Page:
‘Healthy looking’ BMW driver with debilitating car with abdominal injuries says she is regularly assaulted and her car vandalized because of where she parks: ‘People don’t think I’m disabled’
- A disabled woman’s car was checked into a shopping mall
- Stephanie Kelly Doesn’t Look ‘Disabled’
- She insults almost every time she parks
A woman suffering from severe stomach injuries has spoken out about the abuse she takes for parking in handicapped spaces – even though she has a ticket and it is legal to do so.
At first glance, Stephanie Kelly looks like a perfectly healthy 27-year-old, but five years ago she was in a horrific car accident that left her with intestinal failure.
The crash left her unable to eat, so the only way she can get nutrition is through feeding tubes.
But when Ms Kelly stopped in her BMW last year at a shopping center in south-west Sydney, she was given a nasty look and after returning to her car found it had been keyed in – with dashcam footage of the incident.
“There’s definitely a stereotype of what disability looks like,” Ms Kelly said.
“It’s so common when I get out of the car and people are looking at me and I just want to pull up my cap (to show them the tubes).
“They’re angry because I’m young, I look healthy and I have a nice car… a lot of people don’t think I’m disabled, they think I use it for convenience (disabled parking card).”
At first glance, Stephanie Kelly looks like a perfectly healthy 27-year-old blonde, but five years ago she was in a horrific car accident that left her with intestinal failure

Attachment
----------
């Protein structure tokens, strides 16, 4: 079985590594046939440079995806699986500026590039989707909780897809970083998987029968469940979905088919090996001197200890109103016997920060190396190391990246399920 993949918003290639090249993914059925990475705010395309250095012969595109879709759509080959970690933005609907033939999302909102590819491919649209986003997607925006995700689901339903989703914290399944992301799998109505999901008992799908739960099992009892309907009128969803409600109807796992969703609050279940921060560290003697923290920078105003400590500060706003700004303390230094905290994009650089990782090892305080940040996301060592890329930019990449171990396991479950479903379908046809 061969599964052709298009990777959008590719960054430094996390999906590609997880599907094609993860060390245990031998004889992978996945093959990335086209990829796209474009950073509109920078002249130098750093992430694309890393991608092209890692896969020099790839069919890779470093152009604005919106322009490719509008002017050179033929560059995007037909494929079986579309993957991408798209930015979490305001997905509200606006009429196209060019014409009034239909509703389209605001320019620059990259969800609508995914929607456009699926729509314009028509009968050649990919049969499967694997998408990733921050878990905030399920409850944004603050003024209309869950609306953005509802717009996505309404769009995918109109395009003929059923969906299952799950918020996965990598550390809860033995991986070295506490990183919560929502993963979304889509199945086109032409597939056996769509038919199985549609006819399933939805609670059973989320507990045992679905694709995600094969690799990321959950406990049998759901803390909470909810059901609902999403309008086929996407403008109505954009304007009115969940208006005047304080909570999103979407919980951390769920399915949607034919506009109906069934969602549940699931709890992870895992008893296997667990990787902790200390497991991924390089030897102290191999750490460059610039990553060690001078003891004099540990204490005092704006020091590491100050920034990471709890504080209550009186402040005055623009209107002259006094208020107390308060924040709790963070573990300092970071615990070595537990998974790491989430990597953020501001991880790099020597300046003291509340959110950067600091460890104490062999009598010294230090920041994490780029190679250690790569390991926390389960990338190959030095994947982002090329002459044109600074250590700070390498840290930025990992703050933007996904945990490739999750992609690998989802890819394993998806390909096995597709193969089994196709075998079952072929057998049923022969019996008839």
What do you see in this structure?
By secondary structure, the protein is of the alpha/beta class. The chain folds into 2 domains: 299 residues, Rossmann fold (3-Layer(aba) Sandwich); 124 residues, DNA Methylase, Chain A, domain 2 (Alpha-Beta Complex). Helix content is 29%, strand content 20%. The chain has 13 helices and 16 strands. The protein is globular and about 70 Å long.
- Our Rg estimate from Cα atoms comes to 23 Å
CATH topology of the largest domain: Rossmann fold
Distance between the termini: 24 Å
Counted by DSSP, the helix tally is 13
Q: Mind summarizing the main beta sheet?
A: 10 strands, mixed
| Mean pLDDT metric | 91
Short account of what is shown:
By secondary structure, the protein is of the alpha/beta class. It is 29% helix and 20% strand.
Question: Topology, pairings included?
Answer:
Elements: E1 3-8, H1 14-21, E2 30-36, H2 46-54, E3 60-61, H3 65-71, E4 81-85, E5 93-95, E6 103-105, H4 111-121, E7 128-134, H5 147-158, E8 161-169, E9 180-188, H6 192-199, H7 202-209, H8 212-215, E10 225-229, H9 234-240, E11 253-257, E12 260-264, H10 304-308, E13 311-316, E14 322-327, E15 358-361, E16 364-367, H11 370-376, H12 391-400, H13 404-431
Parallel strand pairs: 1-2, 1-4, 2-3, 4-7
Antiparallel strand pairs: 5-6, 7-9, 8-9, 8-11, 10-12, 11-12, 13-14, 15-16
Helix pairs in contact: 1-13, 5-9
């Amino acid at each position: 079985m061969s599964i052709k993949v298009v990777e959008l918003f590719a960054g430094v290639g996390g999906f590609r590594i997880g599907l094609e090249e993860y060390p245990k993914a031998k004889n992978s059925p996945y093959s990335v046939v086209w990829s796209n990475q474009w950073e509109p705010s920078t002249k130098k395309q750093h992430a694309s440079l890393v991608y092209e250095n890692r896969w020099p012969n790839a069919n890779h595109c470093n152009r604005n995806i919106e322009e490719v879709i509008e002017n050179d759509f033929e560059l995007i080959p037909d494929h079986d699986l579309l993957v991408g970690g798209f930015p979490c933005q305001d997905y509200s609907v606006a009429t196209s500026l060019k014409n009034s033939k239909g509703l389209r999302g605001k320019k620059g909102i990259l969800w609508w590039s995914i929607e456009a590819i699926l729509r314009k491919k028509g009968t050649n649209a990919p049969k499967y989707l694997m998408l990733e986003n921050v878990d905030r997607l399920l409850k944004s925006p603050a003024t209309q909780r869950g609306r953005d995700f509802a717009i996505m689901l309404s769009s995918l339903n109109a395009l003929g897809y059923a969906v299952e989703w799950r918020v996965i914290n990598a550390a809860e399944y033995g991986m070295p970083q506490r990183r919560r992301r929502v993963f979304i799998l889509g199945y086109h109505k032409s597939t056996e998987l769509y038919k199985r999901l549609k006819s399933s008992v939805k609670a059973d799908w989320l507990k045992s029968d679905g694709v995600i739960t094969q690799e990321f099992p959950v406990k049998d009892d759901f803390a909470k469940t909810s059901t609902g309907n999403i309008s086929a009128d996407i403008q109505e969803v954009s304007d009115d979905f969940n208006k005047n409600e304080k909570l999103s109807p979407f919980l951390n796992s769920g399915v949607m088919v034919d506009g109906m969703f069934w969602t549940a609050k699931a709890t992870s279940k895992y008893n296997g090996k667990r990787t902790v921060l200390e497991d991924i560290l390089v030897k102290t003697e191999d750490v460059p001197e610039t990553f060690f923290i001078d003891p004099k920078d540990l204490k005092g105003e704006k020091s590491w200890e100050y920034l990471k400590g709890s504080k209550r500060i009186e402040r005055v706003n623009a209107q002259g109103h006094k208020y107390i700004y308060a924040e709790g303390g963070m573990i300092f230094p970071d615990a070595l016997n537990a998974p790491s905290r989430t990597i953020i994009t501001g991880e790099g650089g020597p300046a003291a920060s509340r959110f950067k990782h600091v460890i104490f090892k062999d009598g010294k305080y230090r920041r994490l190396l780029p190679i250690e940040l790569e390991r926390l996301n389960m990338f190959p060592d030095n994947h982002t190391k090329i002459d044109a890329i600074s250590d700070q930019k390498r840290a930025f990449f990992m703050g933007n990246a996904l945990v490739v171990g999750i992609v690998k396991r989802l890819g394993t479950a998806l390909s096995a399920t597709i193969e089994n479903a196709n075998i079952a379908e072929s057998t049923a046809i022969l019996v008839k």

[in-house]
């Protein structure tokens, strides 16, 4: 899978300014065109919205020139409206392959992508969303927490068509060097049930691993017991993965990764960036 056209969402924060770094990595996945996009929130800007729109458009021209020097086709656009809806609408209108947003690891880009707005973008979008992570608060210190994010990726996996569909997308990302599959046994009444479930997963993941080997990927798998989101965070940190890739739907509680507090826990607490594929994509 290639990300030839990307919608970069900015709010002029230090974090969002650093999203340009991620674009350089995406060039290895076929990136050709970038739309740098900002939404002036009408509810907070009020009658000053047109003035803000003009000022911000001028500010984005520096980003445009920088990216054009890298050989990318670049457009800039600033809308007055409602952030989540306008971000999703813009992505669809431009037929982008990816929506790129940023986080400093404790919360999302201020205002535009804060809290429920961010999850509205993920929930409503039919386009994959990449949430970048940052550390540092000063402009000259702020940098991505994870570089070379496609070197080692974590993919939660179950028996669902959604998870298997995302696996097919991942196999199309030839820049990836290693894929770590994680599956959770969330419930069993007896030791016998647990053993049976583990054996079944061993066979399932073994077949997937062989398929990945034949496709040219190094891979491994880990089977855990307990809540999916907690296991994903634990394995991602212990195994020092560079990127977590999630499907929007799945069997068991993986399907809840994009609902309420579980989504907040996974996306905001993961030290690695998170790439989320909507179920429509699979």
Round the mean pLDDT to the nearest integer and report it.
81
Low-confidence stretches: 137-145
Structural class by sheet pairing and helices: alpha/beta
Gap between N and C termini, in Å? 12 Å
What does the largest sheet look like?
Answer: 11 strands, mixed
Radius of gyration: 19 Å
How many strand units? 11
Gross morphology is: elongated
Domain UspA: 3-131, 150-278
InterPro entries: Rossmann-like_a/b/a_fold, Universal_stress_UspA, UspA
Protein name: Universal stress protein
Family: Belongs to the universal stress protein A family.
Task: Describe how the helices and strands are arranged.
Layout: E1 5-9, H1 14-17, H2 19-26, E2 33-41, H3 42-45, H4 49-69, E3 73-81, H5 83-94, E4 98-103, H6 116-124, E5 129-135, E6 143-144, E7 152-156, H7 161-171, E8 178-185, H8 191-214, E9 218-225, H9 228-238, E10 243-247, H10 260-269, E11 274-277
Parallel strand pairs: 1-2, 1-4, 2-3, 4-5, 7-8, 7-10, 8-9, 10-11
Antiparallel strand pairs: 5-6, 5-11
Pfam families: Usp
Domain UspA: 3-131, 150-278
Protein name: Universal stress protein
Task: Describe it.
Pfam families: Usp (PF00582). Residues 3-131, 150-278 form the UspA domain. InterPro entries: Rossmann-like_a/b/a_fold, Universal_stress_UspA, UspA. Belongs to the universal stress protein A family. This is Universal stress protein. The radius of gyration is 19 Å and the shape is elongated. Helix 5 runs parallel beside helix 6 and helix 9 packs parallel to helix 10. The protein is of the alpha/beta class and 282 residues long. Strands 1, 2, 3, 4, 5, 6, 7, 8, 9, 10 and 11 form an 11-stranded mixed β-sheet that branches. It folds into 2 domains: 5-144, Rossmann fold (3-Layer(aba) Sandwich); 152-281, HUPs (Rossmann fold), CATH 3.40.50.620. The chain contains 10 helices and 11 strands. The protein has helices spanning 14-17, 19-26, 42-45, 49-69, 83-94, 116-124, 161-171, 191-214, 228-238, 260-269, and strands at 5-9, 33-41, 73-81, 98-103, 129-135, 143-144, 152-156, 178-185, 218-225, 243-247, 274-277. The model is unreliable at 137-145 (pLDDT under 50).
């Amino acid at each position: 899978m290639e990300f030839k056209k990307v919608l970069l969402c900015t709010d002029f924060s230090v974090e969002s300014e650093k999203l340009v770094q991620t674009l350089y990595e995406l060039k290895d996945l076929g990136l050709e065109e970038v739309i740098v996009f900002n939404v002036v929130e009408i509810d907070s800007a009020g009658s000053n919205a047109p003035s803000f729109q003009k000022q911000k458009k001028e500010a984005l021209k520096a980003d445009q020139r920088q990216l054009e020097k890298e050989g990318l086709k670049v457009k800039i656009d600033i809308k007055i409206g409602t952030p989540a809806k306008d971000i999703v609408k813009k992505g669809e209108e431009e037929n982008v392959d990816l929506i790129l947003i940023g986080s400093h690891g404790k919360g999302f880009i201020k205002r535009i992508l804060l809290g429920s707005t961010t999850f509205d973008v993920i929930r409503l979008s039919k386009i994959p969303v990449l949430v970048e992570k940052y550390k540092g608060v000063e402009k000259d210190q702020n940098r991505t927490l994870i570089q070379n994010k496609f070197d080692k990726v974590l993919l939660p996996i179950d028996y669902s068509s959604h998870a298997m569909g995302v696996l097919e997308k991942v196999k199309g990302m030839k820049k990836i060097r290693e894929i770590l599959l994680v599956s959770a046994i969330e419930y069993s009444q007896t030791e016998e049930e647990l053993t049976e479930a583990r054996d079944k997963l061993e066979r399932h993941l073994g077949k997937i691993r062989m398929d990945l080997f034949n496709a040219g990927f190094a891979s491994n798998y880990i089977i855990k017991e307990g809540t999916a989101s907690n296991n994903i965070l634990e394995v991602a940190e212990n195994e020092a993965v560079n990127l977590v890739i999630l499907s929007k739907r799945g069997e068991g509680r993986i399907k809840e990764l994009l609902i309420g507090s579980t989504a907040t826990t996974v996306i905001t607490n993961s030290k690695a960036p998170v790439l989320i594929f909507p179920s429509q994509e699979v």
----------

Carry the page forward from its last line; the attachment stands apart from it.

The crash left Ms. Kelly unable to eat, so the only way she can get nutrition is through feeding tubes
The incident at her weekly shop at Woolworths was far from the first time Ms Kelly had been targeted for parking in a disabled parking space.
More recently, a group of girls in a P-plate car lashed out at them when her fiancé Adam backed into a space at McDonald’s.
One of the girls said ‘that’s a handicap spot’ assuming it belonged to the couple’s grandparents.
When Mrs. Kelly showed the girls her bright blue permit on their dashboard, the girl said, “You don’t look handicapped.”
A short time later, they found their car splattered with ice.
“We walk back to our car and the first thing Adam notices is ice on the hood and the guard,” said Ms. Kelly. 7Life.
“What they did was go through Drive Thru, come back out and throw an entire ice cream cone on our car.”
Ms Kelly (pictured at the Royal Prince Alfred Hospital) has often parked in a fixed spot to avoid the ‘hate and the judgmental stares’ and fear someone might do something to her car
Ms Kelly (pictured on the runway at Afterpay Australian Fashion Week) said she thinks drivers are mad because she’s young, looks healthy and has a flashy car
Now she often parks in fixed spots to avoid the “hate and the judgmental stares” and the fear that someone might vandalize her car.
Ms. Kelly wishes people would just ask her if they are curious about her disability that has left her in chronic pain and unable to work.
“Just say, ‘Hey, you know that’s a handicapped spot?’ I will say, ‘Yeah, that’s okay, I have a disability card, I have a disability or a chronic illness,'” she said.
“I will tell you my whole life story. I’m so open.’